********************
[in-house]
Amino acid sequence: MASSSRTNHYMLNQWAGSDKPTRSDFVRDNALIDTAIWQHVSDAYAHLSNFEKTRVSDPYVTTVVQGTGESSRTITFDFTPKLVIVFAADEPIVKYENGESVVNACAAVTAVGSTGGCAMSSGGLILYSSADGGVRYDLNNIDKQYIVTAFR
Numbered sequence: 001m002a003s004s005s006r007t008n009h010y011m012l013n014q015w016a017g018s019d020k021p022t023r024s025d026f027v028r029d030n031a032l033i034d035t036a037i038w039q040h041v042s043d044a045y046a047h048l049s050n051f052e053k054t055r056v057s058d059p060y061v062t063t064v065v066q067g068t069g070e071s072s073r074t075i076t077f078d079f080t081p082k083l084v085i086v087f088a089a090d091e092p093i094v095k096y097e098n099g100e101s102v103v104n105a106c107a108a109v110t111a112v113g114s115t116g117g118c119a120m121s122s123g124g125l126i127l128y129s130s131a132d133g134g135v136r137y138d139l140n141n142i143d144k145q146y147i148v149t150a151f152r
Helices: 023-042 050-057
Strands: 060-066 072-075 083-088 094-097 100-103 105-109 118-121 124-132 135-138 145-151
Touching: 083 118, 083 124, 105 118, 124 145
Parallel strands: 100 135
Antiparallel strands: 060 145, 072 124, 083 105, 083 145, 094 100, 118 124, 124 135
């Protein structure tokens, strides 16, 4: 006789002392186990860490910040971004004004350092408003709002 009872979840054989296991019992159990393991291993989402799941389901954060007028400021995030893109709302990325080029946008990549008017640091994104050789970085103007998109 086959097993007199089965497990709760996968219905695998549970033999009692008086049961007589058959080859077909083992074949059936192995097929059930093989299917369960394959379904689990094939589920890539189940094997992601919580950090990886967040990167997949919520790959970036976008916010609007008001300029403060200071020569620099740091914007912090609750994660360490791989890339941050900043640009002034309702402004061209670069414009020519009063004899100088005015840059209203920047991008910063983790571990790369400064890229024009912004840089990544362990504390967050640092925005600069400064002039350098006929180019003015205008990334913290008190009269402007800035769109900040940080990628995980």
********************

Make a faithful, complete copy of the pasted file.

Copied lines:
[in-house]
Amino acid sequence: MASSSRTNHYMLNQWAGSDKPTRSDFVRDNALIDTAIWQHVSDAYAHLSNFEKTRVSDPYVTTVVQGTGESSRTITFDFTPKLVIVFAADEPIVKYENGESVVNACAAVTAVGSTGGCAMSSGGLILYSSADGGVRYDLNNIDKQYIVTAFR
Numbered sequence: 001m002a003s004s005s006r007t008n009h010y011m012l013n014q015w016a017g018s019d020k021p022t023r024s025d026f027v028r029d030n031a032l033i034d035t036a037i038w039q040h041v042s043d044a045y046a047h048l049s050n051f052e053k054t055r056v057s058d059p060y061v062t063t064v065v066q067g068t069g070e071s072s073r074t075i076t077f078d079f080t081p082k083l084v085i086v087f088a089a090d091e092p093i094v095k096y097e098n099g100e101s102v103v104n105a106c107a108a109v110t111a112v113g114s115t116g117g118c119a120m121s122s123g124g125l126i127l128y129s130s131a132d133g134g135v136r137y138d139l140n141n142i143d144k145q146y147i148v149t150a151f152r
Helices: 023-042 050-057
Strands: 060-066 072-075 083-088 094-097 100-103 105-109 118-121 124-132 135-138 145-151
Touching: 083 118, 083 124, 105 118, 124 145
Parallel strands: 100 135
Antiparallel strands: 060 145, 072 124, 083 105, 083 145, 094 100, 118 124, 124 135
């Protein structure tokens, strides 16, 4: 006789002392186990860490910040971004004004350092408003709002 009872979840054989296991019992159990393991291993989402799941389901954060007028400021995030893109709302990325080029946008990549008017640091994104050789970085103007998109 086959097993007199089965497990709760996968219905695998549970033999009692008086049961007589058959080859077909083992074949059936192995097929059930093989299917369960394959379904689990094939589920890539189940094997992601919580950090990886967040990167997949919520790959970036976008916010609007008001300029403060200071020569620099740091914007912090609750994660360490791989890339941050900043640009002034309702402004061209670069414009020519009063004899100088005015840059209203920047991008910063983790571990790369400064890229024009912004840089990544362990504390967050640092925005600069400064002039350098006929180019003015205008990334913290008190009269402007800035769109900040940080990628995980």